By RICARDO GONZÁLEZ ALFONSO
Published: July 19, 2010
I NEVER imagined I would be born at the age of 60, at an altitude of several thousand feet above the Atlantic. That isn't gibberish; it's what I felt when I was released from jail in Cuba and exiled to Spain last Monday.
My debut as a prisoner of conscience came early in 2003, a period subsequently characterized by the world's press as the Black Spring. I was just one of 75 Cubans imprisoned for our belief that freedom is an achievable miracle and not a crime against the state.
They say prison is a school, and it's true. I did my best to be a good student and kept back my tears. I succeeded so well that my prison companions still think me a brave man.
Within a few months I could find my way pretty well around the labyrinths of shipwrecked souls. I learned the secrets and legends of killers for hire, crimes of passion, traffickers in illicit powdery substances, would-be emigrants whose clandestine departures had been no secret to the state - even thieves who'd share their teaspoon of sugar on days of hunger.
Zoology was one class we had every day. I learned to live with rats, and even came, on certain nights of our tropical winter (which is winter, nevertheless) to stare at them with an urgency not unlike what people call appetite. I was a solitary friend to the deft spiders that sometimes freed me from the torturous buzzings and blood-shedding bites that accompanied my insomnia.
I became well versed in cosmic solitude and silence. I remember being in a cell no wider than a man with outstretched arms. I also grew familiar with fetid overcrowding and unceasing clamor. Months of unending darkness, months of eternal light.
I was only an auditor in certain courses, in which I learned that some prisoners were specializing in self-injury as a crude solution to their despair. I was witness to mutilated hands and other wounds as mortal or venial as sins. A man cut off his own penis and testicles in a desperate attempt to become a woman. Others, more radical and exhausted by perpetual existential tumult, turned to various methods of suicide, all of them extremely effective.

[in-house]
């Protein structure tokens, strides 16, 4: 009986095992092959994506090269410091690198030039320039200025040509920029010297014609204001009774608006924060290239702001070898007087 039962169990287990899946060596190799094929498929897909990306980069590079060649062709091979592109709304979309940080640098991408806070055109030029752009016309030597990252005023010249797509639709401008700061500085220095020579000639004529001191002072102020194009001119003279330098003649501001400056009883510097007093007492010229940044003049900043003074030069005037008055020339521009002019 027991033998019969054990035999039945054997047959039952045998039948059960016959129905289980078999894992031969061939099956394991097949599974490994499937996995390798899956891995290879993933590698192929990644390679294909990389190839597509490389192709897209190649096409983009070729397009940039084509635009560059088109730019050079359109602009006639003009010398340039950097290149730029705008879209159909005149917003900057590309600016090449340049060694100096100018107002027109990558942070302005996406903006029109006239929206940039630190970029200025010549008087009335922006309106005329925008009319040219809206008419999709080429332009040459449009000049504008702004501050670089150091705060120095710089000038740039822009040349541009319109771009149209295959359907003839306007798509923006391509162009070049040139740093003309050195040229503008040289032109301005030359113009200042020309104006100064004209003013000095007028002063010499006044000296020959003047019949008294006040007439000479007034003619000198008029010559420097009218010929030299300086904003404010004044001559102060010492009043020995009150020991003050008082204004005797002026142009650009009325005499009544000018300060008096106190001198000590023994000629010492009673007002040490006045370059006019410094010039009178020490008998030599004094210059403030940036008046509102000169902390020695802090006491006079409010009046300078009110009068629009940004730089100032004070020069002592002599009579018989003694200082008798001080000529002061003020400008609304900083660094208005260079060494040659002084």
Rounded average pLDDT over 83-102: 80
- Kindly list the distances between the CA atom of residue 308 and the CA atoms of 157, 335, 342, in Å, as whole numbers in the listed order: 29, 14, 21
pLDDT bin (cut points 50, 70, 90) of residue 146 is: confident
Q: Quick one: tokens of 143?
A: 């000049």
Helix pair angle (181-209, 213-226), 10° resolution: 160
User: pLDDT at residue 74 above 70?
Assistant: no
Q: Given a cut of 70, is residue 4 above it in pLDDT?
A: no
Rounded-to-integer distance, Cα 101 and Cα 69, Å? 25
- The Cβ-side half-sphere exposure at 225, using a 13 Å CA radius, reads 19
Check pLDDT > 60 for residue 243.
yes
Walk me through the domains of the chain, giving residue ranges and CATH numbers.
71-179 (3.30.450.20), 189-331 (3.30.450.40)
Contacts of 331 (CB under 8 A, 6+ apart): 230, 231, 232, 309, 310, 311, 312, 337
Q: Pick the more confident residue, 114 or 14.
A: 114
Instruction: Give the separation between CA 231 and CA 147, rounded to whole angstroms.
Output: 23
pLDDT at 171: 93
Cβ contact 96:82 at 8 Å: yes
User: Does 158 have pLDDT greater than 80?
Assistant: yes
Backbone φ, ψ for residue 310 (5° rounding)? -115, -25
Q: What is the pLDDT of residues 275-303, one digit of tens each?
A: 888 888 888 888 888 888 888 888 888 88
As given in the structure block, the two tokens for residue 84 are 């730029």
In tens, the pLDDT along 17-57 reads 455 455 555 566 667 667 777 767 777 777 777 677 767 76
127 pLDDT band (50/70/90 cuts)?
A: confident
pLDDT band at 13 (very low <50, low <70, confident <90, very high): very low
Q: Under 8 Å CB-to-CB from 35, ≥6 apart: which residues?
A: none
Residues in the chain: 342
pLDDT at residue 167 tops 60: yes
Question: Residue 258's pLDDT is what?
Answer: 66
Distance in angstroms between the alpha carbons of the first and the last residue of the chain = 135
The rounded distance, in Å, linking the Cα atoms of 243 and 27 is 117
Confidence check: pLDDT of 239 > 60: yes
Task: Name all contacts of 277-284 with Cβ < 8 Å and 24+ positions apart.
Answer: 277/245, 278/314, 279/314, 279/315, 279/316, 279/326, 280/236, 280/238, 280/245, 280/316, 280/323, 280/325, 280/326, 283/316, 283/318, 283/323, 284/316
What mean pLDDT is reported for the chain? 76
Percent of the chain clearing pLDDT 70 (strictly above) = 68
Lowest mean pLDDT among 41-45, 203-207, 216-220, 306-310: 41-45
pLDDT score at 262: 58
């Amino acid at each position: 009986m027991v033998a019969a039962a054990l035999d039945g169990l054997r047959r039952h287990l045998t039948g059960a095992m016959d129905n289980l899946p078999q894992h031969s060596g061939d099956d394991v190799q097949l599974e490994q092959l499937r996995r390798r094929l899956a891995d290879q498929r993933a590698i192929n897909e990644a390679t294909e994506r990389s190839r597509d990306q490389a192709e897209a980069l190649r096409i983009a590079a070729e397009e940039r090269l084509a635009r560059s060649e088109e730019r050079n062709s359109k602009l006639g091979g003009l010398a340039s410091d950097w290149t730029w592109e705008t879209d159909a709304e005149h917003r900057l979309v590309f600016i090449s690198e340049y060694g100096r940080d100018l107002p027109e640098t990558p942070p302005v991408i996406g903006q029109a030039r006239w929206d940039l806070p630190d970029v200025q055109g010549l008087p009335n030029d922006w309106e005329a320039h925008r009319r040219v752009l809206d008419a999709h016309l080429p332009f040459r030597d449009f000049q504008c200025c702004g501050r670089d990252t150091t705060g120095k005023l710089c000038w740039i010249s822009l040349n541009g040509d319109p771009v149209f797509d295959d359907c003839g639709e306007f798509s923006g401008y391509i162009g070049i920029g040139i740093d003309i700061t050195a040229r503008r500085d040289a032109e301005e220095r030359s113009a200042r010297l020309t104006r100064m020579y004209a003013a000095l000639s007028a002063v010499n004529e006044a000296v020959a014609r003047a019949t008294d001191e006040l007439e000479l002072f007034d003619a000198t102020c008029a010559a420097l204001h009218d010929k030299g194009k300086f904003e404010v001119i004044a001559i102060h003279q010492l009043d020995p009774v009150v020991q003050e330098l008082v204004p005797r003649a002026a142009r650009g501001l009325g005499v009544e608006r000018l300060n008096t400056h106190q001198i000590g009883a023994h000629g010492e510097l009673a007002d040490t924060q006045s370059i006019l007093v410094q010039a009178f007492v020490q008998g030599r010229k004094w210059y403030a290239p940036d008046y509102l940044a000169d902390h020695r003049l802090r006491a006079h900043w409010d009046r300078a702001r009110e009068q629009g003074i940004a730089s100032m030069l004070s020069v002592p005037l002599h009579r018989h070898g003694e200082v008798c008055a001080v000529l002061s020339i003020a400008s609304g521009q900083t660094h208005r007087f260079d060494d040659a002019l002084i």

A large part of the program of study consisted in the defense of one's rights. There was no theoretical option, only the very Cuban practice of the hunger strike. I carried one out for 16 days, until part of my will felt satisfied with my victory. That long and voluntary fast vindicated the enforced daily fast of imprisonment.
As in any school, there were periods of leisure. Packs of cigarettes were wagered on the outcome of chess matches, card games or soccer contests. I knew sellers and buyers of recreational drugs who were very good at evading or bribing both prison guards and informer inmates.
There was no lack of expertise in armed aggression. Pitiful, decaying knives that were nevertheless sharp-edged and skillfully wielded left trails of blood and rage behind them. (But I never signed up for that class.)
I've always had an aptitude for subjects that have to do with dreams, and I dreamed of my wife and children with such fervor that I know they felt my caresses as they lay asleep. I was almost an exemplary student, and received only one failing grade: in hatred. Despite certain zones of memory, I bear no rancor against my jailers.
And now, after this senescent birth of mine, I'm contemplating the future with all the hope of the newly unveiled. Ever the optimist, I even dream of returning to a Cuba where freedom is not an impossible illusion. I know that, in the next 60 years, I won't have to be reborn again.
Ricardo González Alfonso is a journalist. This article was translated by Esther Allen from the Spanish.
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